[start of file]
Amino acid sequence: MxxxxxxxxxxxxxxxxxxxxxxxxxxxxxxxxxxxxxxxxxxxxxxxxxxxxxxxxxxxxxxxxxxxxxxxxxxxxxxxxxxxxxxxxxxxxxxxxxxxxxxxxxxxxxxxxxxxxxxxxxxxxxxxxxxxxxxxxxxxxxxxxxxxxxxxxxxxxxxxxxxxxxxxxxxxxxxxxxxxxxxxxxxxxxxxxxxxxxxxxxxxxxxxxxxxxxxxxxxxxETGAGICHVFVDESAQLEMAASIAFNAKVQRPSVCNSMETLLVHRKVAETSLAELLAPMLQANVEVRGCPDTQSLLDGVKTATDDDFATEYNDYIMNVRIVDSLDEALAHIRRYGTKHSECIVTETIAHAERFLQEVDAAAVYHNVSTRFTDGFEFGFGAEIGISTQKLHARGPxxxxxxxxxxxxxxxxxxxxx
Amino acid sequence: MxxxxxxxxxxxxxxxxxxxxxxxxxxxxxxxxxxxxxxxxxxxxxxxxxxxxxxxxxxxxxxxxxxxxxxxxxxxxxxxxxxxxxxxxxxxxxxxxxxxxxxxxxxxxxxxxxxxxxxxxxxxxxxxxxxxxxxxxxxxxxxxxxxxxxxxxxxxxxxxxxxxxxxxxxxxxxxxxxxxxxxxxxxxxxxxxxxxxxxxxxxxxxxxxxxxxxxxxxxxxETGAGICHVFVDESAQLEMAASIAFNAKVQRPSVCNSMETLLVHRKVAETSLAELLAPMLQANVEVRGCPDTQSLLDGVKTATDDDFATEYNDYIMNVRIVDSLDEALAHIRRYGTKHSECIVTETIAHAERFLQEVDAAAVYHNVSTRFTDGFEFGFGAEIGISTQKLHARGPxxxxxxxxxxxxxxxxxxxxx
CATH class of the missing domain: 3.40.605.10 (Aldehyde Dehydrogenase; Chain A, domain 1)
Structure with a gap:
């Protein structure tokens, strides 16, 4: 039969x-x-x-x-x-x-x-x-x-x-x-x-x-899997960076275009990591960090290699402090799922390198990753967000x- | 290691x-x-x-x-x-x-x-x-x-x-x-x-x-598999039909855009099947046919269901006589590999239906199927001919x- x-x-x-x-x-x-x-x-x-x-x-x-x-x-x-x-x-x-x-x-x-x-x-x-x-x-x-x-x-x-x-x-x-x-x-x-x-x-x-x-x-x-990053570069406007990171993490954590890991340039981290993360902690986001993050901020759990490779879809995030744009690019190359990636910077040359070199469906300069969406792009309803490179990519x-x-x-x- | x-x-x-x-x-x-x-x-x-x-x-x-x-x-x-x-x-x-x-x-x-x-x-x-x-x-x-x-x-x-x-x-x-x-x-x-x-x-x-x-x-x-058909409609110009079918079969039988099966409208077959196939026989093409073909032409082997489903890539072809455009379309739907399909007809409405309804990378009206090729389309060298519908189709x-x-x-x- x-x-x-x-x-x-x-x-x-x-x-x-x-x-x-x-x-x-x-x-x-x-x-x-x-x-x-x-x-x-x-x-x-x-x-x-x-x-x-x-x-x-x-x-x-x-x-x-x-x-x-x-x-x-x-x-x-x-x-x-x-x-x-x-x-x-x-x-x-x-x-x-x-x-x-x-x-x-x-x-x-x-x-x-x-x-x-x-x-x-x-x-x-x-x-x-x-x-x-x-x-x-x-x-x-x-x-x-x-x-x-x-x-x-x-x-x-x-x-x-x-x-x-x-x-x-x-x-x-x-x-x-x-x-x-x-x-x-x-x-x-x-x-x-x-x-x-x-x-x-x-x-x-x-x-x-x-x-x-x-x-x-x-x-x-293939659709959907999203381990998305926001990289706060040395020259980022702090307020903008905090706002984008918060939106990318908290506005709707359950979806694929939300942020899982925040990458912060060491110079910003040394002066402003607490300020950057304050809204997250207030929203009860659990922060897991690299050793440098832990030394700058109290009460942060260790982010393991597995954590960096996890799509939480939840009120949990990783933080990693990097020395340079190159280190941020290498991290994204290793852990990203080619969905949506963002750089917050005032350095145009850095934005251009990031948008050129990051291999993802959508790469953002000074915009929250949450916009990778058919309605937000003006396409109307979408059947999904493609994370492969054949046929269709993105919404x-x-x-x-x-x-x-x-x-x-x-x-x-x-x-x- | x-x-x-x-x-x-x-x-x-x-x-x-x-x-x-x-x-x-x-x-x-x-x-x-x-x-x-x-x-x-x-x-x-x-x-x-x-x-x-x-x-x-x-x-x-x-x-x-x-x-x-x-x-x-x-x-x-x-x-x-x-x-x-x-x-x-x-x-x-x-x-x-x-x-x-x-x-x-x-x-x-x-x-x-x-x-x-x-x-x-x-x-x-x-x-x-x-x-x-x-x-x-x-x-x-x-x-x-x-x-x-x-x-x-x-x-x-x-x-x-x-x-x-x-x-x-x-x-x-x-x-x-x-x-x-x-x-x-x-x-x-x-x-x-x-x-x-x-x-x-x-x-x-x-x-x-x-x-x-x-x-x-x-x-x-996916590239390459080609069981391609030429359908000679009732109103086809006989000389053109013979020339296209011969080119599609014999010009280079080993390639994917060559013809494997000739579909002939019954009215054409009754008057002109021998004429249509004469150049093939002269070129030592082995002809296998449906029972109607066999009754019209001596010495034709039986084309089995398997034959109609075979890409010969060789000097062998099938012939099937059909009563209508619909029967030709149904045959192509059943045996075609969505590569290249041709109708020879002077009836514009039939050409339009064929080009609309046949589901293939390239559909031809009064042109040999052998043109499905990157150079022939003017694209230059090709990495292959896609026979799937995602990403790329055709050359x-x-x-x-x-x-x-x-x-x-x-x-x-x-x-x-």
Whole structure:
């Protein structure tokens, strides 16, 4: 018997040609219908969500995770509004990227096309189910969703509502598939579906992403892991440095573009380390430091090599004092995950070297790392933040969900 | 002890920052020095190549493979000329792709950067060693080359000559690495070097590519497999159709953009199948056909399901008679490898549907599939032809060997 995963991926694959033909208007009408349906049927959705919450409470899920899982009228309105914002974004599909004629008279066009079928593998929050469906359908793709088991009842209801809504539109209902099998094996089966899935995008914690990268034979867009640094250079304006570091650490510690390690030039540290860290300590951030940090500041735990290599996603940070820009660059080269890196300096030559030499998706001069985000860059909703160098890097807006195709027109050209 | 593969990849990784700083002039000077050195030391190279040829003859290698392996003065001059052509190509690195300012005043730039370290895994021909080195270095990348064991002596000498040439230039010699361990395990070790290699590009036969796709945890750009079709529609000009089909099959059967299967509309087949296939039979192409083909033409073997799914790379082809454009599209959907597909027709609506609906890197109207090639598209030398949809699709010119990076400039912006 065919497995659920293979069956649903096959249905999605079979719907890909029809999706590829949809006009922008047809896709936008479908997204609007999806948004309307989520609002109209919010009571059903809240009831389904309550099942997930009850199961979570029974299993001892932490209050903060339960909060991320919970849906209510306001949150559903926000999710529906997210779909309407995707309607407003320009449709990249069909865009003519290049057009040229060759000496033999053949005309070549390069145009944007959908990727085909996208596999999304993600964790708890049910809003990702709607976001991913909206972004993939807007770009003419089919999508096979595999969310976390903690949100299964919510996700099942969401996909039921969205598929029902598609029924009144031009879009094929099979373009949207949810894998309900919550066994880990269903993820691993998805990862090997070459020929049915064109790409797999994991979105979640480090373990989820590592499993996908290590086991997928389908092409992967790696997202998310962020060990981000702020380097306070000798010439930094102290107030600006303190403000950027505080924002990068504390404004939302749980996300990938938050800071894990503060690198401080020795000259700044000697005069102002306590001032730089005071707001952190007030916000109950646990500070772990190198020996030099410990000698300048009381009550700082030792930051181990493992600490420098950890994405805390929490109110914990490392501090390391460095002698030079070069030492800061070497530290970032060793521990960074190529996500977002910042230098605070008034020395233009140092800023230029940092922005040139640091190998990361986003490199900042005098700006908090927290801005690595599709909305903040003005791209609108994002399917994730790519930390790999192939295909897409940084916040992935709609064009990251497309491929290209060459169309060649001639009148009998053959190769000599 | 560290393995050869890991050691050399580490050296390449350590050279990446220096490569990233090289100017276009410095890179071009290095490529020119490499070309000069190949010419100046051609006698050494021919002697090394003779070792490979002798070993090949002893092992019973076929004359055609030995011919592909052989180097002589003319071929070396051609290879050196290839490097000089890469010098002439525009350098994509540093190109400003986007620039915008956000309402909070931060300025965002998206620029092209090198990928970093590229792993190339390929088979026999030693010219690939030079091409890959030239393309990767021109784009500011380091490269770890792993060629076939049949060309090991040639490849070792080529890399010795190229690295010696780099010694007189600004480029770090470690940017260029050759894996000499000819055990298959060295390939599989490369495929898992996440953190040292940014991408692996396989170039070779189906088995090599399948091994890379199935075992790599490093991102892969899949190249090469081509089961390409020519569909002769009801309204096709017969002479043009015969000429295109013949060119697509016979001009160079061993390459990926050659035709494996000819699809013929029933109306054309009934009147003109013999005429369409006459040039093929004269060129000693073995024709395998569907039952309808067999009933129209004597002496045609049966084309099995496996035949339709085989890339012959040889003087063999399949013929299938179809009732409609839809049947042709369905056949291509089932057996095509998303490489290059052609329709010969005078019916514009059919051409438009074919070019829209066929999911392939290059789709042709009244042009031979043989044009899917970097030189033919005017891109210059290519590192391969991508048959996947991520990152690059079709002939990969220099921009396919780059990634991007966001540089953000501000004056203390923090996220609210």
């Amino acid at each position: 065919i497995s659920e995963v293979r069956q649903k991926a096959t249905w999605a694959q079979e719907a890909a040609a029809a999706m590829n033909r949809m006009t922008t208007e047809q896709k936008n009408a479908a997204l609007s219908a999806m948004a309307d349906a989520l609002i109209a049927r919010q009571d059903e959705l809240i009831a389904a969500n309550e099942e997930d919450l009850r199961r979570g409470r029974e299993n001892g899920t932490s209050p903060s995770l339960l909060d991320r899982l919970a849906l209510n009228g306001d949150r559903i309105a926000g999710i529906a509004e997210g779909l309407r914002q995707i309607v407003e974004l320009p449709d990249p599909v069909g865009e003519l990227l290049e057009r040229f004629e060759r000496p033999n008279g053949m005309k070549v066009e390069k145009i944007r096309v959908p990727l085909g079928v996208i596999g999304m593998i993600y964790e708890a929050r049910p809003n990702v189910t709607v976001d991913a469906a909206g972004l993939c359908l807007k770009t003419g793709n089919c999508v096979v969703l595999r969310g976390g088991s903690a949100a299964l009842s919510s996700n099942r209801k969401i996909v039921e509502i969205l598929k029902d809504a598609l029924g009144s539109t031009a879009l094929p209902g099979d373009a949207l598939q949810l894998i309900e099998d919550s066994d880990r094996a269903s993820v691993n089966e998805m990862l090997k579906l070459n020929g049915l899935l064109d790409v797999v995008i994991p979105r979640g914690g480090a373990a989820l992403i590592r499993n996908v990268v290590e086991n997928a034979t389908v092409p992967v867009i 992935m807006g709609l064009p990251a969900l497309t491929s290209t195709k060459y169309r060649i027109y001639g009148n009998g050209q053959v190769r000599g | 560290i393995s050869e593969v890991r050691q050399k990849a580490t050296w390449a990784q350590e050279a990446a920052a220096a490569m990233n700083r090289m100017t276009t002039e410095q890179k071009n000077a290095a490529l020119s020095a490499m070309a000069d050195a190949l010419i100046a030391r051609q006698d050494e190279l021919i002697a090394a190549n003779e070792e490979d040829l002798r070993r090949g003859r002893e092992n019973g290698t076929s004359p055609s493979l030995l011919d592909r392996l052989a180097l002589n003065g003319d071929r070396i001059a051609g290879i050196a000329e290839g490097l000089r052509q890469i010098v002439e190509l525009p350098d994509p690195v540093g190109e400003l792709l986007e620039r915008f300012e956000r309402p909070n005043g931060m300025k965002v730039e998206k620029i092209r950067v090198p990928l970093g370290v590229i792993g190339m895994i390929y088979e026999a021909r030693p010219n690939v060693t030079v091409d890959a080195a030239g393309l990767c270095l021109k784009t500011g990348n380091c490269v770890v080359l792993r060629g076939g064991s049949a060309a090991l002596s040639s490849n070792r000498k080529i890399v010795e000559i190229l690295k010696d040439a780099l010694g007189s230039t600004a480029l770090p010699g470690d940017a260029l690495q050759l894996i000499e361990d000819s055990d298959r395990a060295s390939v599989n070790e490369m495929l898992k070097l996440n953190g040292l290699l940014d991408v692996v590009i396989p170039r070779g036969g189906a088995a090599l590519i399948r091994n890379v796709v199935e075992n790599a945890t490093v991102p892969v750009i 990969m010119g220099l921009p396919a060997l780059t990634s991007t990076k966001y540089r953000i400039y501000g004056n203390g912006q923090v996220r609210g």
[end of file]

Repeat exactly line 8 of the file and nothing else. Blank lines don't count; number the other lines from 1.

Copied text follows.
């Amino acid at each position: 065919i497995s659920e995963v293979r069956q649903k991926a096959t249905w999605a694959q079979e719907a890909a040609a029809a999706m590829n033909r949809m006009t922008t208007e047809q896709k936008n009408a479908a997204l609007s219908a999806m948004a309307d349906a989520l609002i109209a049927r919010q009571d059903e959705l809240i009831a389904a969500n309550e099942e997930d919450l009850r199961r979570g409470r029974e299993n001892g899920t932490s209050p903060s995770l339960l909060d991320r899982l919970a849906l209510n009228g306001d949150r559903i309105a926000g999710i529906a509004e997210g779909l309407r914002q995707i309607v407003e974004l320009p449709d990249p599909v069909g865009e003519l990227l290049e057009r040229f004629e060759r000496p033999n008279g053949m005309k070549v066009e390069k145009i944007r096309v959908p990727l085909g079928v996208i596999g999304m593998i993600y964790e708890a929050r049910p809003n990702v189910t709607v976001d991913a469906a909206g972004l993939c359908l807007k770009t003419g793709n089919c999508v096979v969703l595999r969310g976390g088991s903690a949100a299964l009842s919510s996700n099942r209801k969401i996909v039921e509502i969205l598929k029902d809504a598609l029924g009144s539109t031009a879009l094929p209902g099979d373009a949207l598939q949810l894998i309900e099998d919550s066994d880990r094996a269903s993820v691993n089966e998805m990862l090997k579906l070459n020929g049915l899935l064109d790409v797999v995008i994991p979105r979640g914690g480090a373990a989820l992403i590592r499993n996908v990268v290590e086991n997928a034979t389908v092409p992967v867009i 992935m807006g709609l064009p990251a969900l497309t491929s290209t195709k060459y169309r060649i027109y001639g009148n009998g050209q053959v190769r000599g | 560290i393995s050869e593969v890991r050691q050399k990849a580490t050296w390449a990784q350590e050279a990446a920052a220096a490569m990233n700083r090289m100017t276009t002039e410095q890179k071009n000077a290095a490529l020119s020095a490499m070309a000069d050195a190949l010419i100046a030391r051609q006698d050494e190279l021919i002697a090394a190549n003779e070792e490979d040829l002798r070993r090949g003859r002893e092992n019973g290698t076929s004359p055609s493979l030995l011919d592909r392996l052989a180097l002589n003065g003319d071929r070396i001059a051609g290879i050196a000329e290839g490097l000089r052509q890469i010098v002439e190509l525009p350098d994509p690195v540093g190109e400003l792709l986007e620039r915008f300012e956000r309402p909070n005043g931060m300025k965002v730039e998206k620029i092209r950067v090198p990928l970093g370290v590229i792993g190339m895994i390929y088979e026999a021909r030693p010219n690939v060693t030079v091409d890959a080195a030239g393309l990767c270095l021109k784009t500011g990348n380091c490269v770890v080359l792993r060629g076939g064991s049949a060309a090991l002596s040639s490849n070792r000498k080529i890399v010795e000559i190229l690295k010696d040439a780099l010694g007189s230039t600004a480029l770090p010699g470690d940017a260029l690495q050759l894996i000499e361990d000819s055990d298959r395990a060295s390939v599989n070790e490369m495929l898992k070097l996440n953190g040292l290699l940014d991408v692996v590009i396989p170039r070779g036969g189906a088995a090599l590519i399948r091994n890379v796709v199935e075992n790599a945890t490093v991102p892969v750009i 990969m010119g220099l921009p396919a060997l780059t990634s991007t990076k966001y540089r953000i400039y501000g004056n203390g912006q923090v996220r609210g």